Faced with these dangers and these events that affect living beings, how to welcome anxiety and how to maintain serenity and clarity?

It depends primarily on individual temperament. Nevertheless, it is important to reflect on two fundamental realities enunciated by the Buddha: impermanence and the precious human existence. All (compound) phenomena are not permanent, nothing can last… We ourselves are going to die one day and it is vain to entertain a false hope that everything can remain as it is, without any variation or transformation. . If we think a little more about death, the end of everything, impermanence, we are very surprised, because we expect it to sap our strength, to depress us… Yet it is the opposite that happens: this analysis shows us the preciousness of life. We realize that it is extremely valuable. It helps us to fight for what is essential and to let go of what is rather secondary. At the same time, this thought makes us aware of the strength and abilities we possess as human beings. This ability is real and great good news, because we can decide to fight so that the conditions in which we live do not worsen (too much). Animals have no choice in the changing climate and living conditions. They can only suffer.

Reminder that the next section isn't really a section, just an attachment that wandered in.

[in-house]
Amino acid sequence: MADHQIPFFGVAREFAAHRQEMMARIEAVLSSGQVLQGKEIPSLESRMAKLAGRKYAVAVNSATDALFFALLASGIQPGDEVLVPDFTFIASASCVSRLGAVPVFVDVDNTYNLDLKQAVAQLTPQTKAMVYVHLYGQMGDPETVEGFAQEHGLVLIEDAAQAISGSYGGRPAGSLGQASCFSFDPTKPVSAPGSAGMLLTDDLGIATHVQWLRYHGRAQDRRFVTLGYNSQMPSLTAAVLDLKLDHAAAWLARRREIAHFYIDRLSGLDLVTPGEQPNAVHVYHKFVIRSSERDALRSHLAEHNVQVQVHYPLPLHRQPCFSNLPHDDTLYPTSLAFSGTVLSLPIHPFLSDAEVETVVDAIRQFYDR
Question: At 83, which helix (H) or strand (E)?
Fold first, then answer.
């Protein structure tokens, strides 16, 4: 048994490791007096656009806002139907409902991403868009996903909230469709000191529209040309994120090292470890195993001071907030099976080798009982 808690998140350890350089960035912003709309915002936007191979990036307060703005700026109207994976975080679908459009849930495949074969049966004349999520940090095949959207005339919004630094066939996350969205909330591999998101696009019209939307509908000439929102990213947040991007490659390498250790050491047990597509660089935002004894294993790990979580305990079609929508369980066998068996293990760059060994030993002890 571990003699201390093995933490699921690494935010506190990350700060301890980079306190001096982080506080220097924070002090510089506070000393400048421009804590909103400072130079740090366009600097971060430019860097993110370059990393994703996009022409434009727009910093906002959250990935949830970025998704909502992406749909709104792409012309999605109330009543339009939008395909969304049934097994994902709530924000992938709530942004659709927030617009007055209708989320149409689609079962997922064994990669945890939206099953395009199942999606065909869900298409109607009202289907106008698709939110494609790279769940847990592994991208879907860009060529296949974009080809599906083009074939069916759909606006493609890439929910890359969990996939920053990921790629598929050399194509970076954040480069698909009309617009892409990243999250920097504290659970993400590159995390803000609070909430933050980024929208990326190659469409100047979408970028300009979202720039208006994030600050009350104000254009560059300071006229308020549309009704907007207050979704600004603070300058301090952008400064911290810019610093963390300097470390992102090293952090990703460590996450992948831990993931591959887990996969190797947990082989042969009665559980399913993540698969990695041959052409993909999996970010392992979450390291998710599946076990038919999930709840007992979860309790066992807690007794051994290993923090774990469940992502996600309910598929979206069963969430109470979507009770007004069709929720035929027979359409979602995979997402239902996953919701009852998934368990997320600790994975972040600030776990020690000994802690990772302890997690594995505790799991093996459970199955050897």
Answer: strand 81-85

It is not a question here of reassuring ourselves and, I would like to say, we must above all not reassure ourselves! We have too often confused in the past decades, well-being, comfort and lethargy - and perhaps we still do it a little bit... We must wake up before it is too late and make the firm decision to do something for his own good and the good of all – even if it is on a small scale, because no right action is insignificant. Why did the Buddha make a firm decision to attain Enlightenment? Because he knew that as a sentient being he was dreaming, living an illusion. On the contrary, he decided to really live, that is to say, to wake up and look at his nature directly, without filter or make-up. It is the same for us: we are afraid of suffering or disappearing with all the changes that are looming? So much the better, this is what can give rise to a real motivation: that of preserving life in all its forms by finding conscious solutions. This clarity will help us develop firmness of intention, crucial for our stability in what lies ahead.

photo of author

Fabrice Groult

Fabrice Groult is an adventurer, photographer and Buddhist who has traveled the world since a young age. After studying Buddhism in India, he embarked on an eighteen-month journey through Asia that took him to the Himalayas, where he discovered his passion for photography. Since then, he has traveled the world capturing images of Buddhist beauty and wisdom. He was a guide for ten years, and is now a journalist with Buddhist News.